A new biography of the writer reveals a life of personal struggle -- and a lover with an unscrupulous agenda
At age forty-three, the witty, exacting, and wholly original Muriel Spark became known to American readers when The New Yorker devoted an entire issue to her sixth and most celebrated novel,“The Prime of Miss Jean Brodie”. Brodie, a magnetic and domineering schoolteacher, selects a group of girls to mold into the “crème de la crème” — young women made in her image who will recognize their prime when it arrives and know how to exploit it. Propping up their history textbooks for appearances as she recounts a pre-war love affair, trailing after her through strange neighborhoods on the way to plays and picnics, Miss Brodie’s chosen pupils idolize her — until the danger of her manipulations becomes clear.
Spark herself attended an Edinburgh girls’ school much like the one she depicts so vividly and in such biting detail — students in stiff blazers, boys hovering on the periphery with their bicycles after the final bell, and the portrait of the widow who endowed the school “hung in the great hall, and was honoured every Founder’s Day by a bunch of hard-wearing flowers such as chrysanthemums or dahlias. These were placed in a vase beneath the portrait, upon a lectern which also held an open Bible with the text underlined in red ink, ‘O where shall I find a virtuous woman, for her price is above rubies.’” Yet the uniquely charming and monstrous Miss Brodie, for all her verisimilitude, could only have sprung from Muriel Spark’s complex mind.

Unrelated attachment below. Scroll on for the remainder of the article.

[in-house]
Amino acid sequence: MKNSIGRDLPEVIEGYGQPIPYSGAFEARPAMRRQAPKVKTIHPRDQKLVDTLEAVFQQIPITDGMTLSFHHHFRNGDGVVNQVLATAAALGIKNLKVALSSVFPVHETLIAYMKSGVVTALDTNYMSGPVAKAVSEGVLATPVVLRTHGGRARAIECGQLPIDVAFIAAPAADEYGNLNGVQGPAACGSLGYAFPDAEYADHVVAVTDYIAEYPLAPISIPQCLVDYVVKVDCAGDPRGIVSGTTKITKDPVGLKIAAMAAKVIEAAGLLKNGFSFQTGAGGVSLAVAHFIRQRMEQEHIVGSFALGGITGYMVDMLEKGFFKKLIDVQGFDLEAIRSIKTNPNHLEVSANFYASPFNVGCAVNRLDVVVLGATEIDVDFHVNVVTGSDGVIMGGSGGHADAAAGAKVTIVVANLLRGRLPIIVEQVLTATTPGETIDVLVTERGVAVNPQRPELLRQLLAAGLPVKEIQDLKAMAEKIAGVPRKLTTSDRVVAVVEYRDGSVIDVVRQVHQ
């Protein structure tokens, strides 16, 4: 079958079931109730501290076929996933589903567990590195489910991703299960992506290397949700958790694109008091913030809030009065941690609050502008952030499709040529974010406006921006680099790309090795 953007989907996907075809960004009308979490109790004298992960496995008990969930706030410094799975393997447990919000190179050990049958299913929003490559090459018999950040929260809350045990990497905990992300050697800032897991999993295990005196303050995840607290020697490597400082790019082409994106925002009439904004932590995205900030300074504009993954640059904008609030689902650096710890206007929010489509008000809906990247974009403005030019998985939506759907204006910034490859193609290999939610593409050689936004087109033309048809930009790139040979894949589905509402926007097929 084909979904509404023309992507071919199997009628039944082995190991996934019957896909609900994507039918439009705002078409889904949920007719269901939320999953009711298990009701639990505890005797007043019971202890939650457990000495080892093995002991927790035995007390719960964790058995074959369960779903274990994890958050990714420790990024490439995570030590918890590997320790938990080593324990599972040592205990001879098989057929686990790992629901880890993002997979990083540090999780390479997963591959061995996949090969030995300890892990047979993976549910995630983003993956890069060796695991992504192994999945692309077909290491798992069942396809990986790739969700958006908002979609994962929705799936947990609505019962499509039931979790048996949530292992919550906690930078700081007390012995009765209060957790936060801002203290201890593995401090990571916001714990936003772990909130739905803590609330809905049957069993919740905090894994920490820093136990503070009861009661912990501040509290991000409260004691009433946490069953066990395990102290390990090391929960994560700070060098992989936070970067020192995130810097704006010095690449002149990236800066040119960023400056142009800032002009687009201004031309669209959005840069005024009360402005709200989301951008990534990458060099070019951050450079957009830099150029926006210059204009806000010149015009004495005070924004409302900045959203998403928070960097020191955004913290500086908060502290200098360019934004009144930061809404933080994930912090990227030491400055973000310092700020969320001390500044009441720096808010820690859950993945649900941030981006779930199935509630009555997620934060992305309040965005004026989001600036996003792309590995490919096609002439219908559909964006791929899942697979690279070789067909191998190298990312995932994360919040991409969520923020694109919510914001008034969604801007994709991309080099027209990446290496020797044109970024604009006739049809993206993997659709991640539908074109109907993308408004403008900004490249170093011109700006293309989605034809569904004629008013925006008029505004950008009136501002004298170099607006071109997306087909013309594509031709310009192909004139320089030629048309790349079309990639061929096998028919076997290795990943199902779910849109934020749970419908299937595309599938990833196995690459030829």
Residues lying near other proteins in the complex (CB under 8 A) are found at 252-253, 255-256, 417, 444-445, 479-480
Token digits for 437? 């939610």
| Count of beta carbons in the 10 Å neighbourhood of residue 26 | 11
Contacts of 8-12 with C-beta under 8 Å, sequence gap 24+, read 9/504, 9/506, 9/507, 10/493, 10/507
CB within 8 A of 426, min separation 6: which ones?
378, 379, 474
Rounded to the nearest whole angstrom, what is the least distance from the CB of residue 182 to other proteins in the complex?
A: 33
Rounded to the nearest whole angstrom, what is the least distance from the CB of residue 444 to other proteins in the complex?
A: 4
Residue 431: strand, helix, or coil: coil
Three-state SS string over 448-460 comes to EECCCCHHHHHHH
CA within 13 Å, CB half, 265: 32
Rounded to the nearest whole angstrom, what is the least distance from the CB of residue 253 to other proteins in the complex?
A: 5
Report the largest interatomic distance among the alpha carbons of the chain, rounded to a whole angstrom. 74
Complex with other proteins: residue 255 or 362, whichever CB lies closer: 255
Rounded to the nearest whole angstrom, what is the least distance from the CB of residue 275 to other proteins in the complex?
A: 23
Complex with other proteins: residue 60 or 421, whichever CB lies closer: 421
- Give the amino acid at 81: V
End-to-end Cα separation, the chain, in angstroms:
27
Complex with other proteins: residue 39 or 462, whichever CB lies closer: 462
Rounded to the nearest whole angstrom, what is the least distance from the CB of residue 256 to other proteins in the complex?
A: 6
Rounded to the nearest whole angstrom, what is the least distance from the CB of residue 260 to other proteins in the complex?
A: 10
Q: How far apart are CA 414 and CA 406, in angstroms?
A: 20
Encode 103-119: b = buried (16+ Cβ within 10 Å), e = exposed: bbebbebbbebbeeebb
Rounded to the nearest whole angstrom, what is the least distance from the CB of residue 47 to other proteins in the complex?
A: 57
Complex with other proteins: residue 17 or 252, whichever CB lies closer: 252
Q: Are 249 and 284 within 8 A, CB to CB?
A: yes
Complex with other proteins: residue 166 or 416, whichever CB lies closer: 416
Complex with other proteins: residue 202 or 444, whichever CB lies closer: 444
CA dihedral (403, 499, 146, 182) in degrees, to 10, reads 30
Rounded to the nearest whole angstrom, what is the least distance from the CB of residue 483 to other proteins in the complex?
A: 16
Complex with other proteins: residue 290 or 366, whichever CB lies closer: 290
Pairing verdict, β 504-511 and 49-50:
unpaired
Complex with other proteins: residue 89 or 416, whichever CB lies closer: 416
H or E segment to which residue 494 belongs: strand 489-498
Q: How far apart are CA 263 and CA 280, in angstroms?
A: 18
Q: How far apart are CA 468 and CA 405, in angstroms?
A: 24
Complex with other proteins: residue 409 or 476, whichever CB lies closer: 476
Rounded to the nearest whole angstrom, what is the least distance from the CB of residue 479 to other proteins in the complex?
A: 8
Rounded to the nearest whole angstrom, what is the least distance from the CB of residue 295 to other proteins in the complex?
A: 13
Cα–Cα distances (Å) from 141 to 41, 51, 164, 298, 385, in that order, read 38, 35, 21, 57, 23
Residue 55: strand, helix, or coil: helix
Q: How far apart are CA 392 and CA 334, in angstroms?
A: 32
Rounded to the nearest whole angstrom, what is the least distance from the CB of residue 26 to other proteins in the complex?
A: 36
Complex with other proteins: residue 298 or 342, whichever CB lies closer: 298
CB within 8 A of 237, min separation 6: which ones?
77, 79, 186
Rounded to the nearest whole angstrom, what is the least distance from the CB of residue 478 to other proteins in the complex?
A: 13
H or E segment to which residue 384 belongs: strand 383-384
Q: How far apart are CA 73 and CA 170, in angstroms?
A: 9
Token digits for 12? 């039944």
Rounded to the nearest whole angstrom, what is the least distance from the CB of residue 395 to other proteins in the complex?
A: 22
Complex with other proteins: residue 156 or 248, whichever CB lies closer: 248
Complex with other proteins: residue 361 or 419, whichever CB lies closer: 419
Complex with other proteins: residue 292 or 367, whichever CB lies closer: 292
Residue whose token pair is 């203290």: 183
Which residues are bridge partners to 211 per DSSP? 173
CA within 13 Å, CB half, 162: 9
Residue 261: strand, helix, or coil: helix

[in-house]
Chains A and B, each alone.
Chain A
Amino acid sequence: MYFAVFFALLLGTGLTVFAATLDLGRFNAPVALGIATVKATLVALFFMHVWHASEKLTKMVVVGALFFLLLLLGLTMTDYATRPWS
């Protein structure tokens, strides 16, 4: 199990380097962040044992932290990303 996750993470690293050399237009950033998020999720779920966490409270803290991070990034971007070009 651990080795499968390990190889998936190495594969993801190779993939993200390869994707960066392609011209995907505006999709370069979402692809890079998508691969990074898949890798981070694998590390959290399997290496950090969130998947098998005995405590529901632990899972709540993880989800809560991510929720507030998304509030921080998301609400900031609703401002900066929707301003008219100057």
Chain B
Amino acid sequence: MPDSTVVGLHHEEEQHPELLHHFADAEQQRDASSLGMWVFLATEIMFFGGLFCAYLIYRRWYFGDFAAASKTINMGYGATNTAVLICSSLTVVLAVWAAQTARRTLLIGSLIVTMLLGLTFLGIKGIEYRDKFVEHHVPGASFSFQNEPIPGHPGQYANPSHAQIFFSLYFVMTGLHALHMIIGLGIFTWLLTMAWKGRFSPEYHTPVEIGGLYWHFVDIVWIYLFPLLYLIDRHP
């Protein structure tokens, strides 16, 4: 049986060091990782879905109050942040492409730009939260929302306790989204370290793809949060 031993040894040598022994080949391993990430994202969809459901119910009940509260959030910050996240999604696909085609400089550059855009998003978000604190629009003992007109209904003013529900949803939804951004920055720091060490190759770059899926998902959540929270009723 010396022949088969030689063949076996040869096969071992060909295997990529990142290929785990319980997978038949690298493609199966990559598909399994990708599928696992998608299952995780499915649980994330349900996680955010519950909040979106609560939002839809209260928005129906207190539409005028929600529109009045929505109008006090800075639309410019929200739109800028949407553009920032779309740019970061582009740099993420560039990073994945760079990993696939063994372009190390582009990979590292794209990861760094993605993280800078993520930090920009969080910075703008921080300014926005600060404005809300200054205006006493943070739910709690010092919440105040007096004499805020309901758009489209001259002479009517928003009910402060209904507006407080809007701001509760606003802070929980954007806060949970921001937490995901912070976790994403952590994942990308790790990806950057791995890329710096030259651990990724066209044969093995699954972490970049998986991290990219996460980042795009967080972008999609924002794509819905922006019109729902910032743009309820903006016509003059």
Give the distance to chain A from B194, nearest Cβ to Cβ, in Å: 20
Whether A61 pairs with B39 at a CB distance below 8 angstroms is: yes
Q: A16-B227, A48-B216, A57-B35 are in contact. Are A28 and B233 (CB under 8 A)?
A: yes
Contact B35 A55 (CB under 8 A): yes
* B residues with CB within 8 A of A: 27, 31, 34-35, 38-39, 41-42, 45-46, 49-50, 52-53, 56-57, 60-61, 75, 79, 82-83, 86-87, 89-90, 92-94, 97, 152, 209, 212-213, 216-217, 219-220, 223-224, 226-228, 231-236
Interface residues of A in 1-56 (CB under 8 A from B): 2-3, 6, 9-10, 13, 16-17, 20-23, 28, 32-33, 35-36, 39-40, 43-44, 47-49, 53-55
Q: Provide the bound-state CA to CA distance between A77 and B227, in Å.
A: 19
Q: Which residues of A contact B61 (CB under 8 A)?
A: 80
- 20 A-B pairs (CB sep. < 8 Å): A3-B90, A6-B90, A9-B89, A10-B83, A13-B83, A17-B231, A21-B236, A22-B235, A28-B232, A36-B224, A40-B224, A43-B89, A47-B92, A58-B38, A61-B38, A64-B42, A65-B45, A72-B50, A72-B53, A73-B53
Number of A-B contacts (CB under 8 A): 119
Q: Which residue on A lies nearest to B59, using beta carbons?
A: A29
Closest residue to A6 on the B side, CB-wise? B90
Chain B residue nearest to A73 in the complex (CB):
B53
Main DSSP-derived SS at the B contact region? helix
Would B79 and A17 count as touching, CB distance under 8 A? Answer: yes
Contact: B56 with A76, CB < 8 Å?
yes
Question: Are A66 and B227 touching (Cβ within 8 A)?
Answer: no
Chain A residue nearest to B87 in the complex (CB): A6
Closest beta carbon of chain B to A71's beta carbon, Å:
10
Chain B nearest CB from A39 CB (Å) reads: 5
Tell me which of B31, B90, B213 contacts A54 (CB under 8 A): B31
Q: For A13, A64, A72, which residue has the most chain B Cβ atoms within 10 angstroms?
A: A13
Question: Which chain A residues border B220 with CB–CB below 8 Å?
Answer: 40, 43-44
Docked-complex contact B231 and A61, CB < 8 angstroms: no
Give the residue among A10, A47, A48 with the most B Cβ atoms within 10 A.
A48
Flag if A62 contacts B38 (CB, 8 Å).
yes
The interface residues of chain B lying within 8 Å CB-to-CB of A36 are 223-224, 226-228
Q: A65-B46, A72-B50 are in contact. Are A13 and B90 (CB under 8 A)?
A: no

Martin Stannard’s sprawling, respectful, frequently overwritten new life, “Muriel Spark: The Biography,” underscores just how much the existence of Spark’s novels — some of the finest and funniest of the last century — owes to happenstance. It’s astonishing (and, at least to this aspiring writer, sobering) to realize just how easily she could have failed to bring them into being.
After a painful divorce in her late twenties, Spark left the son of her disastrous marriage in her parents’ care, toiled during the day in often thankless office jobs, and wrote poetry and criticism at night, slowly earning respect as a literary scholar. She first tried her hand at fiction at the age of thirty-three, almost by accident. The Observer announced a £250 holiday story contest, and Spark, who hoped to avoid another secretarial gig but had fallen behind on her bills and a book-length study of John Masefield, dashed off an entry and mailed it in. Until then, she claimed, she had no intention of writing narrative prose. She might well have continued to dedicate herself to verse and to tomes on other people’s writing had the newspaper’s literary editor not called that Christmas Eve morning to let her know she’d won the prize.